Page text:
Need to cite this story in your essay, paper, or report? Use one of the following formats:
APA

MLA University of California - Berkeley (2013, June 19). Scientists date prehistoric bacterial invasion still present in today's plant and animal cells. ScienceDaily. Retrieved June 28, 2013, from http://www.sciencedaily.com*
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Old 06-28-2013, 11:11 AM
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Quote:
Originally Posted by rfloz View Post
I ran across this site while looking for a specific science article -
ScienceDaily: Latest Science News

It's free and covers material form a very wide array of scientific publications.

Essentially, it gives an abstract of a given article in lay terms, but also gives a link to the complete article. Some of the latter have restricted access, but many seem to be open to all and free.
I check this one.

Science News
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Old 06-28-2013, 01:13 PM
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the asumption that DNA mutates at some given rate from time eternal is called the molecular clock hypothesis
Old 06-28-2013, 01:26 PM
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Quote:
Originally Posted by RWebb View Post
the asumption that DNA mutates at some given rate from time eternal is called the molecular clock hypothesis
Having a fancy name for a fudge factor doesn't make it good science. Or does it?
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Old 06-29-2013, 01:28 PM
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Originally Posted by masraum View Post
I check this one.

Science News
Thanks. I'll give it a look.
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Old 06-29-2013, 01:32 PM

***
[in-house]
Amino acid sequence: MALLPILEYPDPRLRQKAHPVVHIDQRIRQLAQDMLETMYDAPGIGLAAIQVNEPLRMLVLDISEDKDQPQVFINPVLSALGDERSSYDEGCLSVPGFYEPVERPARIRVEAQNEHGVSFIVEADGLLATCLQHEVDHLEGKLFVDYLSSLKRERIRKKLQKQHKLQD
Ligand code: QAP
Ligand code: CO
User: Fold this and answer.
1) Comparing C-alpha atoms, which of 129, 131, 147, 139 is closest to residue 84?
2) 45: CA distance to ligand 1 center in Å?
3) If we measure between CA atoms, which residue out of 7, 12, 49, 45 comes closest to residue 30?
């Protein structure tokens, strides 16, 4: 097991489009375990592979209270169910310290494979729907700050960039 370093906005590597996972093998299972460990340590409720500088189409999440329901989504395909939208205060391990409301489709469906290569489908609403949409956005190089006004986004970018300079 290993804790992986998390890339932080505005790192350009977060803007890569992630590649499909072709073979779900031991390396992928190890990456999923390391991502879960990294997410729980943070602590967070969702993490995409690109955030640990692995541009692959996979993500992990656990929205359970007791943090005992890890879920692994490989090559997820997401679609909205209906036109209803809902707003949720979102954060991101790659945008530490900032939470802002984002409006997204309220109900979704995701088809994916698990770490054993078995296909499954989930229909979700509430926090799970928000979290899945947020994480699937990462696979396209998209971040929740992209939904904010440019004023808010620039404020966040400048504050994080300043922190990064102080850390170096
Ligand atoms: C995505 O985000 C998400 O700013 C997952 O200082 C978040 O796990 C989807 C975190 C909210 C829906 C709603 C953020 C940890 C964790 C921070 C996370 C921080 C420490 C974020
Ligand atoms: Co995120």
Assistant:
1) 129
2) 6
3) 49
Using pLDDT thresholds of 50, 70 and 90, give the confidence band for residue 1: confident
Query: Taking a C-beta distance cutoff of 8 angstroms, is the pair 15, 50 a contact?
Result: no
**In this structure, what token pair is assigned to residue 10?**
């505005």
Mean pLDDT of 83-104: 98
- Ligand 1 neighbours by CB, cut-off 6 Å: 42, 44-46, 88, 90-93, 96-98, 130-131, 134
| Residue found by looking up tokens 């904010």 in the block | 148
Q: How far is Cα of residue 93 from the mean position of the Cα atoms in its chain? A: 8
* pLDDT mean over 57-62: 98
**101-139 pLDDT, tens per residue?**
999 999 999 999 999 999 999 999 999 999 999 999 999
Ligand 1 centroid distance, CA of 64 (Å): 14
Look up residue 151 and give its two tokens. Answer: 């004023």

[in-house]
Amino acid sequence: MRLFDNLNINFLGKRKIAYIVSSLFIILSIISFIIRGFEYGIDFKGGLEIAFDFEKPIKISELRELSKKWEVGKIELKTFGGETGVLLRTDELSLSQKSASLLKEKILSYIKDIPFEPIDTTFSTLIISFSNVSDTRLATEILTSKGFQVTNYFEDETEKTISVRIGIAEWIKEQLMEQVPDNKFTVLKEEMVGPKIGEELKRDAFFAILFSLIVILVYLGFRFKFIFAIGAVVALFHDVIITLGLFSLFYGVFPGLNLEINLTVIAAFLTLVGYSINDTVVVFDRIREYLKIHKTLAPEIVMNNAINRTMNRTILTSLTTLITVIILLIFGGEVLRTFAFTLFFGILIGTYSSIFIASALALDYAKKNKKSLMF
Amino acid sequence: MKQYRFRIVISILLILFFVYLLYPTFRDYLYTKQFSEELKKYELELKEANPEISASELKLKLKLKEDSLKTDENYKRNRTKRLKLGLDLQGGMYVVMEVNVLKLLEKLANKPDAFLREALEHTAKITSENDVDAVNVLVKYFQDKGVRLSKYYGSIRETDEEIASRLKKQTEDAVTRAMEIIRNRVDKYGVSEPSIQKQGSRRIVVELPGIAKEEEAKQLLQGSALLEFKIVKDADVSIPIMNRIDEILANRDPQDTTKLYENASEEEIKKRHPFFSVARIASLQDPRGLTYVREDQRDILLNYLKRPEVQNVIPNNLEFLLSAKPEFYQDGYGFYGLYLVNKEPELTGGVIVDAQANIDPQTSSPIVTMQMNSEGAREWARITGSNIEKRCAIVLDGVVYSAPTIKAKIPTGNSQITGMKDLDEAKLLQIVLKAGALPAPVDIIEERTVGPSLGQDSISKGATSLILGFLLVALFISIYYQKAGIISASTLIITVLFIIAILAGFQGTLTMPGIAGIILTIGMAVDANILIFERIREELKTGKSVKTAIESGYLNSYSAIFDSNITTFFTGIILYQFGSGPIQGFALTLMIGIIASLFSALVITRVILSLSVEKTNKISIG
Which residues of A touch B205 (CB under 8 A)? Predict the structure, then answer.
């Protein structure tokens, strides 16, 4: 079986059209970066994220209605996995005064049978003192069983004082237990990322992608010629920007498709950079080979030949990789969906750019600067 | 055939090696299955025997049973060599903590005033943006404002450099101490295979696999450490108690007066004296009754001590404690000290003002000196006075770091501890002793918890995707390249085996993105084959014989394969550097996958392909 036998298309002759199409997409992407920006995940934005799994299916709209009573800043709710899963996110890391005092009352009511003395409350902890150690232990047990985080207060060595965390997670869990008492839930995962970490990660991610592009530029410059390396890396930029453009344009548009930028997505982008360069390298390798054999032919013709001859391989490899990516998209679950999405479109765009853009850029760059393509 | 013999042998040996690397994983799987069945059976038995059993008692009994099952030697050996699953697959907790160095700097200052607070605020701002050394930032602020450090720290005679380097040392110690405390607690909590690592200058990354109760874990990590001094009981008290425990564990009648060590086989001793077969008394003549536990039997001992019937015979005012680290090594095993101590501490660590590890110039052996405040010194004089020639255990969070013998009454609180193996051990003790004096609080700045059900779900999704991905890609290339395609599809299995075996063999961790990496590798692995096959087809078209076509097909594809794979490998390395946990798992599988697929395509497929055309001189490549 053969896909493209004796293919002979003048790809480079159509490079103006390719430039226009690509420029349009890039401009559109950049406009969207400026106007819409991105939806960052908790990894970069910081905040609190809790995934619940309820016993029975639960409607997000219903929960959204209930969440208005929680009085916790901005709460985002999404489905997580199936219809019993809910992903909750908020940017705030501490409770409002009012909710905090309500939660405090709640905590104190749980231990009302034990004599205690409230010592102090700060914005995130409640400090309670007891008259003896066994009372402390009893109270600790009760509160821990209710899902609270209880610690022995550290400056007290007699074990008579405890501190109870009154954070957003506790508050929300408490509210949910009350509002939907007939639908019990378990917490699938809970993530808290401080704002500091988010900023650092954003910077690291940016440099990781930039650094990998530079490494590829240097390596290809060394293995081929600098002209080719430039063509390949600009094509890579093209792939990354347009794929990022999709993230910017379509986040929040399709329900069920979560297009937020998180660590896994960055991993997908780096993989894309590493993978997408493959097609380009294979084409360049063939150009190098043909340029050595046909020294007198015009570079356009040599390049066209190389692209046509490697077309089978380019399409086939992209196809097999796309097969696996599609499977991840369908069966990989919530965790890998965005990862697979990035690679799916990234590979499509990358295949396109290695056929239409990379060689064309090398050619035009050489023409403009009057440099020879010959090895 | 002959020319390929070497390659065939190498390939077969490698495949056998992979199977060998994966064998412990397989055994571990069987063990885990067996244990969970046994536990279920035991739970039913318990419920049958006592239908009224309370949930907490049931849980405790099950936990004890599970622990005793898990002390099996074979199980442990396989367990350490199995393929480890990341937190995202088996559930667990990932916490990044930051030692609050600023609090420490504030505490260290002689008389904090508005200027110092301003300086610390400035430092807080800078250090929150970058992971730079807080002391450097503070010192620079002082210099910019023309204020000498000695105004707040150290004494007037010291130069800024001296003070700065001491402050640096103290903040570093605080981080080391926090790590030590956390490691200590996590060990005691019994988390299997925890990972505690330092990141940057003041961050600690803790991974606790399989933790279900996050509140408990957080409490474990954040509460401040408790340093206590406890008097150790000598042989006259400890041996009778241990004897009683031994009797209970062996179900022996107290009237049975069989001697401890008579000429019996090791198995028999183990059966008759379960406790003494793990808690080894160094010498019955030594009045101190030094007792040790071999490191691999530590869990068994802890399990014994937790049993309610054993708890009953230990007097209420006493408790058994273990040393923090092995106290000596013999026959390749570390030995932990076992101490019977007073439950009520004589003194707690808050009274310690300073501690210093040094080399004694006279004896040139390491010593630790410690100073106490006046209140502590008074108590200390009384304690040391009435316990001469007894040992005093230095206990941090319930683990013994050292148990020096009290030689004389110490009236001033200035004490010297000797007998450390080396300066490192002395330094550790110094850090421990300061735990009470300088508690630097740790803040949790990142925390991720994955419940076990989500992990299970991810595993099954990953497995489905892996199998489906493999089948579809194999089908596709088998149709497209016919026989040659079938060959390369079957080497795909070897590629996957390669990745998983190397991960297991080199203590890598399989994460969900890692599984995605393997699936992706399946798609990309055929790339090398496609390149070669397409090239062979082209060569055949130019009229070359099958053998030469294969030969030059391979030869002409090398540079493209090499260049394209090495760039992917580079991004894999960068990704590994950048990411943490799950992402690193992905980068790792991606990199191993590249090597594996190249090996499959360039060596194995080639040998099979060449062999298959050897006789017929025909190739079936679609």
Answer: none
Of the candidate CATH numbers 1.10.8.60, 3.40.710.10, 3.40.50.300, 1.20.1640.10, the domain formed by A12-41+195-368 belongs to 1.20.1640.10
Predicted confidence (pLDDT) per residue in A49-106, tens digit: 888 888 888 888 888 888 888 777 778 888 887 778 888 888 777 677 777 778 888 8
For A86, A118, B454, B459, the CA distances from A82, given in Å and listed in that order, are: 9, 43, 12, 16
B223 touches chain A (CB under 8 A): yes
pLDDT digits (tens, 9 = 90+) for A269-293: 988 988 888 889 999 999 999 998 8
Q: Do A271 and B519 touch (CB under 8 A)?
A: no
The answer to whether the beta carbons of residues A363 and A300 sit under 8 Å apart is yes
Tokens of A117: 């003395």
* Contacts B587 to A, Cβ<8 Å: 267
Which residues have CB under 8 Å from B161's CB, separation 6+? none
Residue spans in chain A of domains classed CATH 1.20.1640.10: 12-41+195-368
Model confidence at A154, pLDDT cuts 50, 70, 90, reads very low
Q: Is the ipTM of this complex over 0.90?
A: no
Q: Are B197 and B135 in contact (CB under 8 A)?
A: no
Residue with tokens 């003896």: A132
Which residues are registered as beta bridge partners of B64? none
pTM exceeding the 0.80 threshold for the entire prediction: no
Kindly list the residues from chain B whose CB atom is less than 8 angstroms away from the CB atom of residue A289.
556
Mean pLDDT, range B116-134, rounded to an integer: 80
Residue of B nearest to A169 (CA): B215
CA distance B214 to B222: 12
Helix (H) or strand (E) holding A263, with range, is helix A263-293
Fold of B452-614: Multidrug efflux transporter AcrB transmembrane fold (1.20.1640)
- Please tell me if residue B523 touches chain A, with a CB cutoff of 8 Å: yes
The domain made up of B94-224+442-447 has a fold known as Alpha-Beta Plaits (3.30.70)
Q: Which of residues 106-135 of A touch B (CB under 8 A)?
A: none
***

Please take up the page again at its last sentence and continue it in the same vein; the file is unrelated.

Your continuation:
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Quote:
Originally Posted by RWebb View Post
the asumption that DNA mutates at some given rate from time eternal is called the molecular clock hypothesis
I did not know this - cool.


Scientists discover thriving colonies of microbes in ocean 'plastisphere'
Jun 27, 2013
Scientists discover thriving colonies of microbes in ocean 'plastisphere'
Quote:
(Phys.org) —Scientists have discovered a diverse multitude of microbes colonizing and thriving on flecks of plastic that have polluted the oceans—a vast new human-made flotilla of microbial communities that they have dubbed the "plastisphere."

........Using scanning electron microscopy and gene sequencing techniques, they found at least 1000 different types of bacterial cells on the plastic samples, including many individual species yet to be identified.

.........................On the other hand, the scientists also found evidence that microbes may play a role in degrading plastics. They saw microscopic cracks and pits in the plastic surfaces that they suspect were made by microbes embedded in them, as well as microbes possibly capable of degrading hydrocarbons.
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Old 07-08-2013, 01:05 PM